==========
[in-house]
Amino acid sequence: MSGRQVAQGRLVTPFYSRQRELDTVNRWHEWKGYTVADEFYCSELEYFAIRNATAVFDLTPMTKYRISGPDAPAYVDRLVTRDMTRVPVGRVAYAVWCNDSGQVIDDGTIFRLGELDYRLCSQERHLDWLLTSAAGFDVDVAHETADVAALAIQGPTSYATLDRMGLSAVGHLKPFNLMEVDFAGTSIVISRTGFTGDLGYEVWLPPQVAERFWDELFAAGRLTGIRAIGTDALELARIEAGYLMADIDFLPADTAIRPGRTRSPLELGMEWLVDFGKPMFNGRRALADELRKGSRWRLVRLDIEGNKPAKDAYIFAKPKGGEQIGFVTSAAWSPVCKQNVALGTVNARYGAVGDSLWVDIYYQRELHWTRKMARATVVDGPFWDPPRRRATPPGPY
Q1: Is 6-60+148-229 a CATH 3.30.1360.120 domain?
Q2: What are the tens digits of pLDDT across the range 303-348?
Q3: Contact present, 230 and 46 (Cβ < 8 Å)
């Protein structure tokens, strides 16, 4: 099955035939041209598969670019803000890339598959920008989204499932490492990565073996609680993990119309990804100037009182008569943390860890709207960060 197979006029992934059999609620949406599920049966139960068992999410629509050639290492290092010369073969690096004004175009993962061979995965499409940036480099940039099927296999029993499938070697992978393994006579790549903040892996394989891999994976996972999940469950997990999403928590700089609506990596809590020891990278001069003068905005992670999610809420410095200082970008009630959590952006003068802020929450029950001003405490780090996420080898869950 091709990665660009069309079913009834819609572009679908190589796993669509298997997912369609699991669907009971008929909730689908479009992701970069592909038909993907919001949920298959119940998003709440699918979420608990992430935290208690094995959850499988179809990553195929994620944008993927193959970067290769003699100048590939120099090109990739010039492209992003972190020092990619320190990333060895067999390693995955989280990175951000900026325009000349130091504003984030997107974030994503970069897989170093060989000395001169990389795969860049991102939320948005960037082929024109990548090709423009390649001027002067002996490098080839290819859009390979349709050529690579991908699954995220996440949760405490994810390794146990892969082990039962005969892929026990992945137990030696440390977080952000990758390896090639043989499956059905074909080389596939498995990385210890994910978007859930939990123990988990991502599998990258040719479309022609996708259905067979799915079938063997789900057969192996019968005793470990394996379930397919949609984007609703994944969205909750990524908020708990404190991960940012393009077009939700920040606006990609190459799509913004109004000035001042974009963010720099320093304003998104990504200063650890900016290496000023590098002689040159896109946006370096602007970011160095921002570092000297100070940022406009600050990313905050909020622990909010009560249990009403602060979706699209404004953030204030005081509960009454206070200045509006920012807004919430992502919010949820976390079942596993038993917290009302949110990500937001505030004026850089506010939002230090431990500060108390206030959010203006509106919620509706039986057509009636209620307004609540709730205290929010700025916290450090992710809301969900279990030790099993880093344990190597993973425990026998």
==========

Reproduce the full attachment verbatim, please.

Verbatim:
[in-house]
Amino acid sequence: MSGRQVAQGRLVTPFYSRQRELDTVNRWHEWKGYTVADEFYCSELEYFAIRNATAVFDLTPMTKYRISGPDAPAYVDRLVTRDMTRVPVGRVAYAVWCNDSGQVIDDGTIFRLGELDYRLCSQERHLDWLLTSAAGFDVDVAHETADVAALAIQGPTSYATLDRMGLSAVGHLKPFNLMEVDFAGTSIVISRTGFTGDLGYEVWLPPQVAERFWDELFAAGRLTGIRAIGTDALELARIEAGYLMADIDFLPADTAIRPGRTRSPLELGMEWLVDFGKPMFNGRRALADELRKGSRWRLVRLDIEGNKPAKDAYIFAKPKGGEQIGFVTSAAWSPVCKQNVALGTVNARYGAVGDSLWVDIYYQRELHWTRKMARATVVDGPFWDPPRRRATPPGPY
Q1: Is 6-60+148-229 a CATH 3.30.1360.120 domain?
Q2: What are the tens digits of pLDDT across the range 303-348?
Q3: Contact present, 230 and 46 (Cβ < 8 Å)
């Protein structure tokens, strides 16, 4: 099955035939041209598969670019803000890339598959920008989204499932490492990565073996609680993990119309990804100037009182008569943390860890709207960060 197979006029992934059999609620949406599920049966139960068992999410629509050639290492290092010369073969690096004004175009993962061979995965499409940036480099940039099927296999029993499938070697992978393994006579790549903040892996394989891999994976996972999940469950997990999403928590700089609506990596809590020891990278001069003068905005992670999610809420410095200082970008009630959590952006003068802020929450029950001003405490780090996420080898869950 091709990665660009069309079913009834819609572009679908190589796993669509298997997912369609699991669907009971008929909730689908479009992701970069592909038909993907919001949920298959119940998003709440699918979420608990992430935290208690094995959850499988179809990553195929994620944008993927193959970067290769003699100048590939120099090109990739010039492209992003972190020092990619320190990333060895067999390693995955989280990175951000900026325009000349130091504003984030997107974030994503970069897989170093060989000395001169990389795969860049991102939320948005960037082929024109990548090709423009390649001027002067002996490098080839290819859009390979349709050529690579991908699954995220996440949760405490994810390794146990892969082990039962005969892929026990992945137990030696440390977080952000990758390896090639043989499956059905074909080389596939498995990385210890994910978007859930939990123990988990991502599998990258040719479309022609996708259905067979799915079938063997789900057969192996019968005793470990394996379930397919949609984007609703994944969205909750990524908020708990404190991960940012393009077009939700920040606006990609190459799509913004109004000035001042974009963010720099320093304003998104990504200063650890900016290496000023590098002689040159896109946006370096602007970011160095921002570092000297100070940022406009600050990313905050909020622990909010009560249990009403602060979706699209404004953030204030005081509960009454206070200045509006920012807004919430992502919010949820976390079942596993038993917290009302949110990500937001505030004026850089506010939002230090431990500060108390206030959010203006509106919620509706039986057509009636209620307004609540709730205290929010700025916290450090992710809301969900279990030790099993880093344990190597993973425990026998």